I grew up in New York City, so I prefer to be blunt and ask for what I want. But as an interviewer, if I don’t take some of the sting out of my questions, my guest could become defensive, stop paying attention, and maybe even walk off.
A good example of this comes from a BBC interview with conservative commentator Ben Shapiro. The video went viral because he stormed out before it was over. I had the interview transcribed so I could study it and understand what the interviewer said to elicit that response.
Right from the start, the interviewer asked tough questions. “Haven’t the conservatives run out of ideas in America?” he asked. Then he hit Shapiro with an observation that new ideas were really coming from the Left, instead of Shapiro’s conservatives. Then he got under his skin by asking, “Why is it that a bill banning abortions after a woman has been pregnant for six weeks, is not a return to the Dark Ages?”
These are all legitimate questions for a conservative thinker, but reading how question after question unfolded, I understood why the barrage might make Shapiro feel personally attacked.
In response, Shapiro accused the interviewer of bias. “Why can’t you just say you’re on the left?” And he argued against almost every question he was asked. “Would you ask the same question to a pro-choice advocate?” And eventually, he walked off.
In reality, the interviewer, Andrew Neil, chaired an organization that owned The Spectator, a right-wing magazine. So their politics weren’t in opposition, but the tone of the questions felt combative.
If dramatic frustration like this is what you want from your guest, by all means, be blunt. Don’t take a moment to soften your questions. But that’s not what this book is about. My goal is to find ways to understand my guests and learn from them, not create an explosive media moment.
A more productive way to ask tough questions is to put the words in someone else’s mouth. I learned this technique from watching Mike Wallace, who was considered one of the toughest interviewers of the twentieth century. The most cited example of his chutzpah is when he asked Iran’s leader, Ayatollah Khomeini, if he was crazy.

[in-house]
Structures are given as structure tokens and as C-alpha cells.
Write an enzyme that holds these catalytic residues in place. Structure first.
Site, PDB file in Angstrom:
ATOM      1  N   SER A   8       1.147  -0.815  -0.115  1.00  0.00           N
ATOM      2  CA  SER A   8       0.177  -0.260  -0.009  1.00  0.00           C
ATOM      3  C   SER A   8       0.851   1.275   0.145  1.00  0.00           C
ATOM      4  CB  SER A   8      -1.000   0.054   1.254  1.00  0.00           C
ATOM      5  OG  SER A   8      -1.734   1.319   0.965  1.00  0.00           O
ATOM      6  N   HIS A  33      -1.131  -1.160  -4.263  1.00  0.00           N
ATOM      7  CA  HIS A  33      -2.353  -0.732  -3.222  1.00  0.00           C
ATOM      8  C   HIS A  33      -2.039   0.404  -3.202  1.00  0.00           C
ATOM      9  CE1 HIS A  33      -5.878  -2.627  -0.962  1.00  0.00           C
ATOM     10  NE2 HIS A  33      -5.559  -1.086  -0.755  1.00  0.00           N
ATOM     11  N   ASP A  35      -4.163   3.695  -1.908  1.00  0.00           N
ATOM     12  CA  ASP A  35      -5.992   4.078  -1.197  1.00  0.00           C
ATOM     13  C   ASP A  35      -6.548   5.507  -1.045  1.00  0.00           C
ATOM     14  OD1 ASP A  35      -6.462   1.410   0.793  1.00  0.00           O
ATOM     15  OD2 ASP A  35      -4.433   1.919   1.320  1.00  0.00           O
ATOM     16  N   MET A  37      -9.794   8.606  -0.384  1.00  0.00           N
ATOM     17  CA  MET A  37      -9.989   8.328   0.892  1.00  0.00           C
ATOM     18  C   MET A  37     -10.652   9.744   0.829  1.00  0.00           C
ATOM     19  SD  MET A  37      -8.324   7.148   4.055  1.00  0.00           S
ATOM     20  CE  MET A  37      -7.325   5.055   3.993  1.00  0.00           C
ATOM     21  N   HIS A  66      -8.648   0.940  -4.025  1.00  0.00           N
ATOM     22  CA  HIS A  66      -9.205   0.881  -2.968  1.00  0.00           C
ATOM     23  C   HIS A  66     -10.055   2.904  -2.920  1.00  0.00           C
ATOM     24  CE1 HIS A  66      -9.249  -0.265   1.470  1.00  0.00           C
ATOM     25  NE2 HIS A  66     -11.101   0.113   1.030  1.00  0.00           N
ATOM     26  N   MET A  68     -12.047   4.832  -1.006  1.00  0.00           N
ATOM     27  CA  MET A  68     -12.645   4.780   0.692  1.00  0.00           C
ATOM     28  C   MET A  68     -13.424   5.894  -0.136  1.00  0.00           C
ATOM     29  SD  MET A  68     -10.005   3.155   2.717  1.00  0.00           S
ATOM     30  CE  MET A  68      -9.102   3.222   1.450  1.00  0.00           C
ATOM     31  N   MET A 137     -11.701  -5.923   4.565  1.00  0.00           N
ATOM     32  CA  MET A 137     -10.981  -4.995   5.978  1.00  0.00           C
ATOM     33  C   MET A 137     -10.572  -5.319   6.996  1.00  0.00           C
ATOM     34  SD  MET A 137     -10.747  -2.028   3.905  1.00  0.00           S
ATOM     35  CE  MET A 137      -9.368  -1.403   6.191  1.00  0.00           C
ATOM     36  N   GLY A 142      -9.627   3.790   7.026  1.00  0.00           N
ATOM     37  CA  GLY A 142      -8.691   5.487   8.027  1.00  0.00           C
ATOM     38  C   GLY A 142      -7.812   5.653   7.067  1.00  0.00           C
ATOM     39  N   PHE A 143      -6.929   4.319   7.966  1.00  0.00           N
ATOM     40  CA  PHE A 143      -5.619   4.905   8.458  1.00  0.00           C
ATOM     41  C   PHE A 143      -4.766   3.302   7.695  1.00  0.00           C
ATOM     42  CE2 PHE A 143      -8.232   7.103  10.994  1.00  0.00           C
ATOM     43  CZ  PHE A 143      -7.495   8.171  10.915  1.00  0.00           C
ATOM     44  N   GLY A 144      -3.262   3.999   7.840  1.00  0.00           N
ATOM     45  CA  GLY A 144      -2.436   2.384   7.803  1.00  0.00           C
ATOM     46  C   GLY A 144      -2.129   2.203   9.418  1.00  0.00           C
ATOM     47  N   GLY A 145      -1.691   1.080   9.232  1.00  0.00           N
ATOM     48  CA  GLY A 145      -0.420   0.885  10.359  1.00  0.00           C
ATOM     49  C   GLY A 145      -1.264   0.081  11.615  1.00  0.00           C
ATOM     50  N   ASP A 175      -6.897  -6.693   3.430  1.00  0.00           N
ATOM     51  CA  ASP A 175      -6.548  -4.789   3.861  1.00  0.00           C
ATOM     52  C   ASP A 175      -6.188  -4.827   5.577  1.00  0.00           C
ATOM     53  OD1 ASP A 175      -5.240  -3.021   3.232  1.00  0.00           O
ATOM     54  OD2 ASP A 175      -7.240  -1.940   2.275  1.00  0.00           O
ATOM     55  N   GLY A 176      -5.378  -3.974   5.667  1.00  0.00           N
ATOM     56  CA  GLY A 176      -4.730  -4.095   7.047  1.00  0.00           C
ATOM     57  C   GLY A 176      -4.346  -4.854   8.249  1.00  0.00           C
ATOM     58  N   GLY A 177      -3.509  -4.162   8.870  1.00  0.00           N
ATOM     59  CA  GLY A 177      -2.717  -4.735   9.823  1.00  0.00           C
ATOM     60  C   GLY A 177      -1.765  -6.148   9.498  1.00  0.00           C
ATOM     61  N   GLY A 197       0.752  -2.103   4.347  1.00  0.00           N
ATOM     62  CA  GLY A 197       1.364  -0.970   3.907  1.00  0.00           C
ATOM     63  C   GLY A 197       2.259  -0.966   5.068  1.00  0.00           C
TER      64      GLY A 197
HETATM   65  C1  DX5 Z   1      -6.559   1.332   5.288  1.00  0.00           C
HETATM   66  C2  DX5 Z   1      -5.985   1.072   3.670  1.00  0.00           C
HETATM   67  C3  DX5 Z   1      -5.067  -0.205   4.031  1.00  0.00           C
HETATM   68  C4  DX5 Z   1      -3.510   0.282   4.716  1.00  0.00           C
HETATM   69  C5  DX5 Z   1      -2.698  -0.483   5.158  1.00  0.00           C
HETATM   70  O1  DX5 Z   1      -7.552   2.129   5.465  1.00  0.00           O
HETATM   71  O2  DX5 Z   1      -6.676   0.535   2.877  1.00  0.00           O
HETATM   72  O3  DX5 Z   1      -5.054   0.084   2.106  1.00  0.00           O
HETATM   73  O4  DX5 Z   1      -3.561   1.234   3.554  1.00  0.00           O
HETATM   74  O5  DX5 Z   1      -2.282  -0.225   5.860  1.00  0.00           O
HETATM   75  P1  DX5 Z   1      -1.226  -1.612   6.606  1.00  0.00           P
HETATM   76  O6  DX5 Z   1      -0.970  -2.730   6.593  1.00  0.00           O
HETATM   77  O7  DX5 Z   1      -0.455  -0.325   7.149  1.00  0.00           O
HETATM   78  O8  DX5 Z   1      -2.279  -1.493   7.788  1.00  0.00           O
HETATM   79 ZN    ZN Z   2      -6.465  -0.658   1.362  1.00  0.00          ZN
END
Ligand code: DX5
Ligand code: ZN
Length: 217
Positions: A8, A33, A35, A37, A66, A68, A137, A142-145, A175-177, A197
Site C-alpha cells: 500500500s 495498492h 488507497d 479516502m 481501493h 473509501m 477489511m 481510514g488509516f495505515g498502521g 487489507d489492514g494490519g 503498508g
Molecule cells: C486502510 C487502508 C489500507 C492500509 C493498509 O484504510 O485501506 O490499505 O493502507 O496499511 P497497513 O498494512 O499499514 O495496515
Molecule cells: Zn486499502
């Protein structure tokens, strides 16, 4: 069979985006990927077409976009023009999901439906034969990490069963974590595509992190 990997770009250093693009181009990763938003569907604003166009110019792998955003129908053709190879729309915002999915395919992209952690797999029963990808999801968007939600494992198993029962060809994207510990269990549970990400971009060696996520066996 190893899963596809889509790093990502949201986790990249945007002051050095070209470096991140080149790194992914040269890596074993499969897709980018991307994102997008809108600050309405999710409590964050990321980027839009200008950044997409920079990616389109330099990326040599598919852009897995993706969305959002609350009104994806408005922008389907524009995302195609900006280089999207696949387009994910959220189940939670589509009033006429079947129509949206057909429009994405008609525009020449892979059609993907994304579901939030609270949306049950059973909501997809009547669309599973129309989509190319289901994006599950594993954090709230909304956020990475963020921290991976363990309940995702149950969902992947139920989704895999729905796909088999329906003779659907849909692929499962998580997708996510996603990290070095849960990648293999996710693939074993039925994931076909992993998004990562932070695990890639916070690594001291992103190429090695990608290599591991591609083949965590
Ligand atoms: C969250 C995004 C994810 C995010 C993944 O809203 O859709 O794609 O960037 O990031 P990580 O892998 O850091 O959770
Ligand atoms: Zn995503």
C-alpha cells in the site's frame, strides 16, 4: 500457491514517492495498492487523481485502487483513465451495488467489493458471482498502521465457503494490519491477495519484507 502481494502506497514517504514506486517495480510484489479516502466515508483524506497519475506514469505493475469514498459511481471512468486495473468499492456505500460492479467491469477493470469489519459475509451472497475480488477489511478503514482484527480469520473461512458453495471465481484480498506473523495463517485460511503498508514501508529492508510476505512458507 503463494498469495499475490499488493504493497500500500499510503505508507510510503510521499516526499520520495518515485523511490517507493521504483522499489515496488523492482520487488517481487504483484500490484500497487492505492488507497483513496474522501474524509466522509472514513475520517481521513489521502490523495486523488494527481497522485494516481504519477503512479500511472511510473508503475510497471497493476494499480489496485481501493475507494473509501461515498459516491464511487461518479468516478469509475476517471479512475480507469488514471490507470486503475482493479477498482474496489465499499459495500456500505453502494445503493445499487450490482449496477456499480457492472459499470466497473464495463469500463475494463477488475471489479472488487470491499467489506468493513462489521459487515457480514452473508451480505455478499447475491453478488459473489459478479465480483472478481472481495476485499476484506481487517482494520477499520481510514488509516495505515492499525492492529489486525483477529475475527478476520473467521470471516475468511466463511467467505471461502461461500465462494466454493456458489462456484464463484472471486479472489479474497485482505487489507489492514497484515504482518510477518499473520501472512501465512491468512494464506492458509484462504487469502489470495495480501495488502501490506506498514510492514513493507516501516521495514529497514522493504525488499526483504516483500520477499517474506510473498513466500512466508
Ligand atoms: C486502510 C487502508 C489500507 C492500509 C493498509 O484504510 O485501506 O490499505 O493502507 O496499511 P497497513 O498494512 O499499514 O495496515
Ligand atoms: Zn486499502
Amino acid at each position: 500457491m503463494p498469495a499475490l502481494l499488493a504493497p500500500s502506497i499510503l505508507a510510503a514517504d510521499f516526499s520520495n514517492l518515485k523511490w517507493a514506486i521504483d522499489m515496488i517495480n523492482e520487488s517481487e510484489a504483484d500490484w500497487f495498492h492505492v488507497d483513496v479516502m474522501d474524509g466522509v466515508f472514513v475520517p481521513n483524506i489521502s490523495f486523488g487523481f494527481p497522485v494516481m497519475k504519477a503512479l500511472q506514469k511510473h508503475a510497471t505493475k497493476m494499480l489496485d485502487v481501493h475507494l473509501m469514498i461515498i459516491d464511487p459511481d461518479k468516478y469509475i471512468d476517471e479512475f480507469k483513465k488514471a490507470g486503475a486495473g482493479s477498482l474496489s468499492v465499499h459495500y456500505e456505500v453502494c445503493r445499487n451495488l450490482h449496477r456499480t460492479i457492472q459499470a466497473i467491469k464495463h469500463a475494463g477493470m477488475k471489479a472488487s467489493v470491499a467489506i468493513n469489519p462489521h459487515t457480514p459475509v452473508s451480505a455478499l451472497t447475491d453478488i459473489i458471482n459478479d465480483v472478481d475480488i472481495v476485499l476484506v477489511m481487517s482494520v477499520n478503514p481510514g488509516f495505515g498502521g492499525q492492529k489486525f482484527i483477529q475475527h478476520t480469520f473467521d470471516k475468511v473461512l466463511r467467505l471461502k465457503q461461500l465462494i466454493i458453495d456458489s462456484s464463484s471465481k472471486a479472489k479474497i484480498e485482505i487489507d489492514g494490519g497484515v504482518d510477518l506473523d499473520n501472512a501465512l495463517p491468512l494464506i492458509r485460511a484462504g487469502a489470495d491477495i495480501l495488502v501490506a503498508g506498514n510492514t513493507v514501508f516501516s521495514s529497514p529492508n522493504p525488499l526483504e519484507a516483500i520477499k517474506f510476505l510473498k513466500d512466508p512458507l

I hunted that interview down to see how he did it so I could have a model for asking challenging questions.* Here’s what Wallace said:
“Imam, President Sadat of Egypt, a devoutly religious man, a Muslim, says that what you are doing now is—quote—‘a disgrace to Islam.’ And he calls you, Imam—forgive me, his words, not mine—‘a lunatic.’”
Turns out Wallace didn’t call Khomeini a lunatic. He cited someone else calling him that. There was a moment of friction until the translator explained that Wallace was quoting Sadat. Once that was cleared up, the conversation continued. A few minutes later, Khomeini agreed to release some of the American hostages he was holding at the time.
If I have a series of tough questions to ask my guest, I look online for examples of other people asking them. For example, I wanted to ask Ryan Hoover of the maker community Product Hunt why he didn’t have enough women in his community. I did some research and found members of his own community bringing up the issue. Instead of taking a combative response, it allowed him to tell me about the partnerships he was working on to recruit a more diverse membership.
What if I can’t find someone else taking the position I want to bring up? That’s when I create a theoretical person. For example, when I talked with James Altucher about his self-help book, Choose Yourself, where he said we should be happy with who we are, something occurred to me. He’s probably happy now because he’s rich, not because of the techniques in his book.
I asked, “What do you say to someone listening to us thinking, ‘James is only happy now because he has money in the bank. If he didn’t have it, he would be right back to wrestling with his own inner demons like everyone else?’”
James acknowledged that he’s happier because he’s wealthy, but he talked about how he still has inner demons to deal with and uses what he wrote about to deal with them. And he said he used what’s in his book when he was at rock-bottom financially and needed to climb out.
Here are a few other examples of how I phrase criticism through other people’s words:
What do you say to someone who’s listening to us and thinking …?
What would you say to someone who thought …?
I imagine someone listening to us thinking … What would you say to that?
By putting the words in someone else’s mouth, you eliminate the “me versus you” feeling that comes with asking tough questions. It turns the interviewer into a partner who’s working with the guest to understand. And that’s where you always want to be.
But some questions are so shocking they require their own strategy. That’s next.